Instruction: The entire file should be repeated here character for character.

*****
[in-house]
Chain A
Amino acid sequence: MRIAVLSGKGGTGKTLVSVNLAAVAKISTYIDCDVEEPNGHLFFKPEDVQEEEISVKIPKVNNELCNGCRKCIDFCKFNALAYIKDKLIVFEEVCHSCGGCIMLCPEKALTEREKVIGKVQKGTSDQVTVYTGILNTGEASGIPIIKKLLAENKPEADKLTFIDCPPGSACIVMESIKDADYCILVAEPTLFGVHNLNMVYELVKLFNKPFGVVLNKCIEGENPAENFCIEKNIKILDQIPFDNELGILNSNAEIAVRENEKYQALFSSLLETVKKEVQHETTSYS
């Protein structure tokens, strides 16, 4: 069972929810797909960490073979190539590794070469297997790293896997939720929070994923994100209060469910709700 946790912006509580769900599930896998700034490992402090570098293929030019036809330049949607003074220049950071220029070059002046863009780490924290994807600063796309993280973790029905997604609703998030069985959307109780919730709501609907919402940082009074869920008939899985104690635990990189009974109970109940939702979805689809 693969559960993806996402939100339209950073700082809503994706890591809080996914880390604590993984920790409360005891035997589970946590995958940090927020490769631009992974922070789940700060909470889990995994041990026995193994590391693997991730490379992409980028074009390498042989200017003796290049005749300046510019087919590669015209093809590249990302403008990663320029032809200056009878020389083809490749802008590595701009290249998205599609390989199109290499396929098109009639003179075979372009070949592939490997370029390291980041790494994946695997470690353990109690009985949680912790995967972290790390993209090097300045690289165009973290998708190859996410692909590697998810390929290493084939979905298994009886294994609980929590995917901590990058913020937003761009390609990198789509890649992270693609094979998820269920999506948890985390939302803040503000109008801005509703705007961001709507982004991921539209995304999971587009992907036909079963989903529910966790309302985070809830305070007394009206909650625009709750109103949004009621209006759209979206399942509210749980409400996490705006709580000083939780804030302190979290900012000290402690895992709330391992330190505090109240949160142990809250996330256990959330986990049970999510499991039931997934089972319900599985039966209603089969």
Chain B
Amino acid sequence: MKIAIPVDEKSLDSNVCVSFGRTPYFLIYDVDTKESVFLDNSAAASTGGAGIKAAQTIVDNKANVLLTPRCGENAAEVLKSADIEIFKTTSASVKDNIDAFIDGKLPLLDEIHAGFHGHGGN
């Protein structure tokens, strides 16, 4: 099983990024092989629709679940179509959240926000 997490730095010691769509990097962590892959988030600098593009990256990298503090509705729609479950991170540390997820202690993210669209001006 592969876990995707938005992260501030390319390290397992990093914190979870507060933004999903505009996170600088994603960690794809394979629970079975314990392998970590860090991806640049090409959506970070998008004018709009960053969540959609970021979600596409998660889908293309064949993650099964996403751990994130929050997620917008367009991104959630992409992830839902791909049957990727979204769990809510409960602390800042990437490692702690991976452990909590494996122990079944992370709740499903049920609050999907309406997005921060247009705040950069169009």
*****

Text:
[in-house]
Chain A
Amino acid sequence: MRIAVLSGKGGTGKTLVSVNLAAVAKISTYIDCDVEEPNGHLFFKPEDVQEEEISVKIPKVNNELCNGCRKCIDFCKFNALAYIKDKLIVFEEVCHSCGGCIMLCPEKALTEREKVIGKVQKGTSDQVTVYTGILNTGEASGIPIIKKLLAENKPEADKLTFIDCPPGSACIVMESIKDADYCILVAEPTLFGVHNLNMVYELVKLFNKPFGVVLNKCIEGENPAENFCIEKNIKILDQIPFDNELGILNSNAEIAVRENEKYQALFSSLLETVKKEVQHETTSYS
């Protein structure tokens, strides 16, 4: 069972929810797909960490073979190539590794070469297997790293896997939720929070994923994100209060469910709700 946790912006509580769900599930896998700034490992402090570098293929030019036809330049949607003074220049950071220029070059002046863009780490924290994807600063796309993280973790029905997604609703998030069985959307109780919730709501609907919402940082009074869920008939899985104690635990990189009974109970109940939702979805689809 693969559960993806996402939100339209950073700082809503994706890591809080996914880390604590993984920790409360005891035997589970946590995958940090927020490769631009992974922070789940700060909470889990995994041990026995193994590391693997991730490379992409980028074009390498042989200017003796290049005749300046510019087919590669015209093809590249990302403008990663320029032809200056009878020389083809490749802008590595701009290249998205599609390989199109290499396929098109009639003179075979372009070949592939490997370029390291980041790494994946695997470690353990109690009985949680912790995967972290790390993209090097300045690289165009973290998708190859996410692909590697998810390929290493084939979905298994009886294994609980929590995917901590990058913020937003761009390609990198789509890649992270693609094979998820269920999506948890985390939302803040503000109008801005509703705007961001709507982004991921539209995304999971587009992907036909079963989903529910966790309302985070809830305070007394009206909650625009709750109103949004009621209006759209979206399942509210749980409400996490705006709580000083939780804030302190979290900012000290402690895992709330391992330190505090109240949160142990809250996330256990959330986990049970999510499991039931997934089972319900599985039966209603089969």
Chain B
Amino acid sequence: MKIAIPVDEKSLDSNVCVSFGRTPYFLIYDVDTKESVFLDNSAAASTGGAGIKAAQTIVDNKANVLLTPRCGENAAEVLKSADIEIFKTTSASVKDNIDAFIDGKLPLLDEIHAGFHGHGGN
């Protein structure tokens, strides 16, 4: 099983990024092989629709679940179509959240926000 997490730095010691769509990097962590892959988030600098593009990256990298503090509705729609479950991170540390997820202690993210669209001006 592969876990995707938005992260501030390319390290397992990093914190979870507060933004999903505009996170600088994603960690794809394979629970079975314990392998970590860090991806640049090409959506970070998008004018709009960053969540959609970021979600596409998660889908293309064949993650099964996403751990994130929050997620917008367009991104959630992409992830839902791909049957990727979204769990809510409960602390800042990437490692702690991976452990909590494996122990079944992370709740499903049920609050999907309406997005921060247009705040950069169009």